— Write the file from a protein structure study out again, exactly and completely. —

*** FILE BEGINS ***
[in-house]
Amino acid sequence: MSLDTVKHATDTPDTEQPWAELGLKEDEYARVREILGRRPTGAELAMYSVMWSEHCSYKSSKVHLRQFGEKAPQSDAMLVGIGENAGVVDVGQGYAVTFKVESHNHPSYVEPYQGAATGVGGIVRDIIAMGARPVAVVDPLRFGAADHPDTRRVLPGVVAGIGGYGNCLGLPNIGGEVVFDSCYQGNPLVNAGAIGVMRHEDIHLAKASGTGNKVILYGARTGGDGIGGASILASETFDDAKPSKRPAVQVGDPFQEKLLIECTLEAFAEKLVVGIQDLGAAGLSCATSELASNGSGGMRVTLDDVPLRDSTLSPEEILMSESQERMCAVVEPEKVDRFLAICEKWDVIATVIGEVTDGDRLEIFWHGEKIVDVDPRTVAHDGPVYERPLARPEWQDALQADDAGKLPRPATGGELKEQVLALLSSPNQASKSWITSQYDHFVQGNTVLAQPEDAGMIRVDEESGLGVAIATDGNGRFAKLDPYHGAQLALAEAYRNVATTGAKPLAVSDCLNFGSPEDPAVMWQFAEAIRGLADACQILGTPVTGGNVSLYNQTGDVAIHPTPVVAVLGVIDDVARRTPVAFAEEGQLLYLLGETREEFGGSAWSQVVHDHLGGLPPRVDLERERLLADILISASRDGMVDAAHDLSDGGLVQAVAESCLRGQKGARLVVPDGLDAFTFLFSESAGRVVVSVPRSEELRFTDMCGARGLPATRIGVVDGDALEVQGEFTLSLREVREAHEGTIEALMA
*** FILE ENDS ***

[in-house]
Amino acid sequence: MSLDTVKHATDTPDTEQPWAELGLKEDEYARVREILGRRPTGAELAMYSVMWSEHCSYKSSKVHLRQFGEKAPQSDAMLVGIGENAGVVDVGQGYAVTFKVESHNHPSYVEPYQGAATGVGGIVRDIIAMGARPVAVVDPLRFGAADHPDTRRVLPGVVAGIGGYGNCLGLPNIGGEVVFDSCYQGNPLVNAGAIGVMRHEDIHLAKASGTGNKVILYGARTGGDGIGGASILASETFDDAKPSKRPAVQVGDPFQEKLLIECTLEAFAEKLVVGIQDLGAAGLSCATSELASNGSGGMRVTLDDVPLRDSTLSPEEILMSESQERMCAVVEPEKVDRFLAICEKWDVIATVIGEVTDGDRLEIFWHGEKIVDVDPRTVAHDGPVYERPLARPEWQDALQADDAGKLPRPATGGELKEQVLALLSSPNQASKSWITSQYDHFVQGNTVLAQPEDAGMIRVDEESGLGVAIATDGNGRFAKLDPYHGAQLALAEAYRNVATTGAKPLAVSDCLNFGSPEDPAVMWQFAEAIRGLADACQILGTPVTGGNVSLYNQTGDVAIHPTPVVAVLGVIDDVARRTPVAFAEEGQLLYLLGETREEFGGSAWSQVVHDHLGGLPPRVDLERERLLADILISASRDGMVDAAHDLSDGGLVQAVAESCLRGQKGARLVVPDGLDAFTFLFSESAGRVVVSVPRSEELRFTDMCGARGLPATRIGVVDGDALEVQGEFTLSLREVREAHEGTIEALMA